Degree Type


Date of Award


Degree Name

Doctor of Philosophy


Theses & dissertations (Interdisciplinary)


Molecular, Cellular, and Developmental Biology

First Advisor

Richard M. Robson

Second Advisor

Ted W. Huiatt

Third Advisor

Steven M. Lonergan


The type VI intermediate filament (IF) protein synemin is a very large, unique member of the IF protein superfamily. Synemin associates with the major type III IF protein desmin and/or vimentin forming heteropolymeric intermediate filaments (IFs) within mammalian muscle cells. Previous studies in our lab showed that avian synemin interacts with vinculin and alpha-actinin, both of which are cytoskeletal proteins present in adhesion sites such as the focal adhesions within cells. Thus, synemin may link the heteropolymeric IFs to adhesion sites within mammalian muscle cells or within some non-muscle cells that express synemin. At least two isoforms of synemin, namely alpha- and beta-synemin, are present in mammals. The larger alpha-synemin is identical with the smaller beta-synemin, with the only exception being that the slightly smaller beta-synemin lacks a 312 amino acid insert (SNTIII) near the end of the long C-terminal tail domain. Whether the two mammalian synemin isoforms have different functions is unclear. Studies in this dissertation provide evidence that the two large mammalian (human) synemin isoforms interact differentially with several cytoskeletal proteins and thereby may fulfill different cellular functions. Mapping the binding site(s) of human synemins within vinculin and talin by in vitro protein-protein interaction assays revealed that SNTIII, which is absent in beta-synemin, interacts specifically with both vinculin and talin. Transient expression of enhanced green fluorescent protein (EGFP)-tagged SNTIII co-localized with vinculin and talin at focal adhesion sites within mammalian cells. Confocal microscope analysis of intracellular localizations of endogenous synemin and vinculin/talin indicated that synemin co-localized with vinculin and talin at the sites of costameres, which are considered specialized focal adhesions located periodically along and immediately subjacent to the sarcolemma of mammalian striated muscle cells. These results indicated that mammalian alpha-synemin, but not beta-synemin, interacts directly with the cytoskeletal proteins vinculin and talin within mammalian cells. To elucidate the possible functions of, and to identify novel interacting proteins for, the smaller beta-synemin within cells, yeast two-hybrid screening of a human adult skeletal muscle cDNA library was performed using the entire tail domain of human beta-synemin (SNbetaT) as the bait. The LIM domain protein zyxin was identified as an interaction partner of beta-synemin. The interaction was further confirmed by several in vitro protein-protein interaction assays. Furthermore, over-expression of the zyxin-binding region of synemin within mammalian cells blocked the localizations of endogenous zyxin to the focal adhesions without disrupting normal cellular architectures. Knockdown synemin expression within cells by siRNA resulted in significantly compromised cell adhesion and migration. These results in toto indicate that mammalian (human) synemin isoforms participate in the focal adhesion dynamics and are essential for cell adhesion and cell motility.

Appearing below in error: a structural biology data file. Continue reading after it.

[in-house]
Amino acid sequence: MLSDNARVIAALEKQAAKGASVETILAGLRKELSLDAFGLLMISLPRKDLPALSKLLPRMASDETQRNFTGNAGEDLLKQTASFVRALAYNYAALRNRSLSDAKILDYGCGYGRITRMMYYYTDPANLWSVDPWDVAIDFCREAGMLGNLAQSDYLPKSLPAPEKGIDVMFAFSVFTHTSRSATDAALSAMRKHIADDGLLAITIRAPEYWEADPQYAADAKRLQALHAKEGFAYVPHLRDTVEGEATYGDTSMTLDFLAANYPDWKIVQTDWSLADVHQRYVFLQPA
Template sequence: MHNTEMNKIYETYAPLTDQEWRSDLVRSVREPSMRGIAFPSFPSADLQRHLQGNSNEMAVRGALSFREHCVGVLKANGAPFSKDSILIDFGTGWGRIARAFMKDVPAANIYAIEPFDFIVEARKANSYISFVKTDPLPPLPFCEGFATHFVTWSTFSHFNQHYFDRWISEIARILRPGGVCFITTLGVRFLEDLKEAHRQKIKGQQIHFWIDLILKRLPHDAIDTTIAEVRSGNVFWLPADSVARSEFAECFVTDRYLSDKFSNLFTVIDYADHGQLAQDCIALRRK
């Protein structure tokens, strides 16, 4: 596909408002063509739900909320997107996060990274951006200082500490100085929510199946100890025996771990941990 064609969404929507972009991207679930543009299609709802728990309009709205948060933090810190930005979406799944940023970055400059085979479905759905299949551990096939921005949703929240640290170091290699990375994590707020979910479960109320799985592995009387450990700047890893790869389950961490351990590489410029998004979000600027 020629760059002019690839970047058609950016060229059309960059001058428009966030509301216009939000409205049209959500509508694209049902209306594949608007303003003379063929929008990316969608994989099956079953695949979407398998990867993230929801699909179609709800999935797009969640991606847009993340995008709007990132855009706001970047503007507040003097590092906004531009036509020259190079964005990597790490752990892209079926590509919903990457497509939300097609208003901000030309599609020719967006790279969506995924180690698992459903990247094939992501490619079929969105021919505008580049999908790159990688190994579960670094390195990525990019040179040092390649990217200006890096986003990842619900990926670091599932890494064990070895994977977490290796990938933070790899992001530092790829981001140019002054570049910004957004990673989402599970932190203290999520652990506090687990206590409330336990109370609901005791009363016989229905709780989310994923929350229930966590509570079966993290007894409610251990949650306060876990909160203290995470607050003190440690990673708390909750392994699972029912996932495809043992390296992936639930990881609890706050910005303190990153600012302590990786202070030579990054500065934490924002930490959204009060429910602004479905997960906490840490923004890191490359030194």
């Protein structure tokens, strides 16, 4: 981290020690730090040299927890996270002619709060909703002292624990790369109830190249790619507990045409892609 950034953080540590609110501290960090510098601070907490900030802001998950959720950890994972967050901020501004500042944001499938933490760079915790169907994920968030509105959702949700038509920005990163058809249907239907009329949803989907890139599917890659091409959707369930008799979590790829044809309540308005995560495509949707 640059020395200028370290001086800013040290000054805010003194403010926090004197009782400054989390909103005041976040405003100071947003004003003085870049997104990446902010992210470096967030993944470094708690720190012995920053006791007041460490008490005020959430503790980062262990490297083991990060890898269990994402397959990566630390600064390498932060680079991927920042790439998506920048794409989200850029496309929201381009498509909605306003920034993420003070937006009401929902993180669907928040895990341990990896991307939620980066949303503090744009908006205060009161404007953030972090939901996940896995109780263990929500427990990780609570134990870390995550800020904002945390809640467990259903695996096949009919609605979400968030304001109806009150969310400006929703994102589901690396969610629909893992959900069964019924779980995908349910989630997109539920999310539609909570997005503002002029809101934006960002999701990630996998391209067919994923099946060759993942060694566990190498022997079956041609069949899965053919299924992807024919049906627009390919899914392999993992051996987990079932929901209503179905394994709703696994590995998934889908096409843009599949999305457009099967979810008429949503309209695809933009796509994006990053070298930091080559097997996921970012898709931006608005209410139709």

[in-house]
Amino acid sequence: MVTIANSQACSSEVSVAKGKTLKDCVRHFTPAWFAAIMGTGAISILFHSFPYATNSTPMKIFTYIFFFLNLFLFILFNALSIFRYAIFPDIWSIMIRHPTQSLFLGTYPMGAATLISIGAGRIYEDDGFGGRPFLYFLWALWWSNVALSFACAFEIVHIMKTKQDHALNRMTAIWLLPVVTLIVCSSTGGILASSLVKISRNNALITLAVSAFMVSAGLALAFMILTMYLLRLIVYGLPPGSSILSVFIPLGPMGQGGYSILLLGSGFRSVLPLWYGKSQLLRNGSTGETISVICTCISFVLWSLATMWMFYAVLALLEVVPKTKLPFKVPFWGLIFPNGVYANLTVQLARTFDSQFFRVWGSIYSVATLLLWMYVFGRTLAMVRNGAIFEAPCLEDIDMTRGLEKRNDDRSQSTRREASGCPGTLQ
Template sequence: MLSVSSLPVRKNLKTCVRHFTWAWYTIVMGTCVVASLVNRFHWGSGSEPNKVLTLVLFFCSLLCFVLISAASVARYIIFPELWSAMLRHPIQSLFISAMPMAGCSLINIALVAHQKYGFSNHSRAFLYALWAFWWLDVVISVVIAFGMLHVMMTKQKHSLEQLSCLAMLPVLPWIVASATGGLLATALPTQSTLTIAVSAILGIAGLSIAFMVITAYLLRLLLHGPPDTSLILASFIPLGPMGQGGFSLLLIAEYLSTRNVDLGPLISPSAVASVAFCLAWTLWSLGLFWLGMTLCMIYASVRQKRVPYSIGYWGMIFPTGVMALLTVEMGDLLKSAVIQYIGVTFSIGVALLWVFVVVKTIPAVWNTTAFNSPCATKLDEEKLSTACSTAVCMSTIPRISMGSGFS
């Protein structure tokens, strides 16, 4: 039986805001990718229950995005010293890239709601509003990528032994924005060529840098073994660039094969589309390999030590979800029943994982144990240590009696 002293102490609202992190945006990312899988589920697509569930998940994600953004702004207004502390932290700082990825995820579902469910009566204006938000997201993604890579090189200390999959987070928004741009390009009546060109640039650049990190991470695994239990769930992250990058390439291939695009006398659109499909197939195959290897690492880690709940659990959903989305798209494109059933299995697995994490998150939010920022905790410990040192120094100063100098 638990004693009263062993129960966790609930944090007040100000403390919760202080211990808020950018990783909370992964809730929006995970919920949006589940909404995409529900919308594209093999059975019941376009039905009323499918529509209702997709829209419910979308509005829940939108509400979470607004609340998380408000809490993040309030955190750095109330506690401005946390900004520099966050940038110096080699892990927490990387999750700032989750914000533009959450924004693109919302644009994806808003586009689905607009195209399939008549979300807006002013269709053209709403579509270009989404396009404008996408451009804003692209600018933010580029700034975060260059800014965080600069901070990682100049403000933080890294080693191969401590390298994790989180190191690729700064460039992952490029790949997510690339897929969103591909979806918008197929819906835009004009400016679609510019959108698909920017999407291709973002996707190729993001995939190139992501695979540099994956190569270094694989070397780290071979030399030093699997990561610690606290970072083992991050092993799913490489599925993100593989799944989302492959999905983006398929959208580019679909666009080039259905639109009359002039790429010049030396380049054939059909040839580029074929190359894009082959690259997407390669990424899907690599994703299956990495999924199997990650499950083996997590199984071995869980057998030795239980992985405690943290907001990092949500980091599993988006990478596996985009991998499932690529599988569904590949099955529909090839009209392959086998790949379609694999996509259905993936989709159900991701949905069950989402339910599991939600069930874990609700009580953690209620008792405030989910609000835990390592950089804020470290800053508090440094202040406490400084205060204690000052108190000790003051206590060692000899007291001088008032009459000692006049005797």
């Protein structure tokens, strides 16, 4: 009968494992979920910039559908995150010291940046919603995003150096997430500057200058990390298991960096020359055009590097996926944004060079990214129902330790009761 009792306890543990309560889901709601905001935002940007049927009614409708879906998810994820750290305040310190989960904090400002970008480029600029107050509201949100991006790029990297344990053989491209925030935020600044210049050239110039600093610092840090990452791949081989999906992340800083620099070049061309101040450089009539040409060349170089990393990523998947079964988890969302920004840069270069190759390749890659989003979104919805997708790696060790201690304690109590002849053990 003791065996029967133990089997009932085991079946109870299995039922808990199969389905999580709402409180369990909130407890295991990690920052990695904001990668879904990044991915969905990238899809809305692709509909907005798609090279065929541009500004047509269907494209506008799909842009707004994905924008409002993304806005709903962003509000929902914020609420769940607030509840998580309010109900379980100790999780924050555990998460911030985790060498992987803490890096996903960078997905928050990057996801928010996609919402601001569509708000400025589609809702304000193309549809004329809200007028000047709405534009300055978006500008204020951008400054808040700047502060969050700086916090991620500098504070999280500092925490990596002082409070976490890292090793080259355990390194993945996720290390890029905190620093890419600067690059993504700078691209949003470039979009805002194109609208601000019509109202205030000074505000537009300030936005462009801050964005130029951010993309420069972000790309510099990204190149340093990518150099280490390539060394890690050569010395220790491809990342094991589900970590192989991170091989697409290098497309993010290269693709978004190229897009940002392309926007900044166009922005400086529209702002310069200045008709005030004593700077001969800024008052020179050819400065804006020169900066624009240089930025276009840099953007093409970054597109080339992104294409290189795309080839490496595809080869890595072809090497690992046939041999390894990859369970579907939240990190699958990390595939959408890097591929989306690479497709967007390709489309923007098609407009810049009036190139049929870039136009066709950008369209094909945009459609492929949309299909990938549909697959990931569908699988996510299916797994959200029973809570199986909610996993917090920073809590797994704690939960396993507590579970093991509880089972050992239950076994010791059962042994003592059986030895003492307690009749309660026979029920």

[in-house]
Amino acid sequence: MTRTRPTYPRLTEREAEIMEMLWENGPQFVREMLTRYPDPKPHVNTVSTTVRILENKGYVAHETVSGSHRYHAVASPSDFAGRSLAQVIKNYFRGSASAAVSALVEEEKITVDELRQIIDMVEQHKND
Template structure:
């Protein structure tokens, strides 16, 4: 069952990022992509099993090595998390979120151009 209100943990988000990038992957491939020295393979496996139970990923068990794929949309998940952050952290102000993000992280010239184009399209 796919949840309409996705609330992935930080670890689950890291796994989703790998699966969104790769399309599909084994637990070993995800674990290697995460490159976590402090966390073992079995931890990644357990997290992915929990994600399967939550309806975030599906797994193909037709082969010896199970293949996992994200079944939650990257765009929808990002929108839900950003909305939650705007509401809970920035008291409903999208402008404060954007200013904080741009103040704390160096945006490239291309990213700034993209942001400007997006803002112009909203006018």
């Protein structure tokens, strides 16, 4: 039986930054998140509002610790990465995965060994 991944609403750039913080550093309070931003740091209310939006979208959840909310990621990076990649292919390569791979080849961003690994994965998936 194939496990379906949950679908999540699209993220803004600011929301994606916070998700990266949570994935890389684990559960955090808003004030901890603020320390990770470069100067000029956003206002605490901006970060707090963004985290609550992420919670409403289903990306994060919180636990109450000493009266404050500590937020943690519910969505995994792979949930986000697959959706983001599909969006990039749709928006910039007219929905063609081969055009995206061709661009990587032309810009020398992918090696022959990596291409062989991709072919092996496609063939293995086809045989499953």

Digital Repository @ Iowa State University,

Copyright Owner

Ning Sun



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130 pages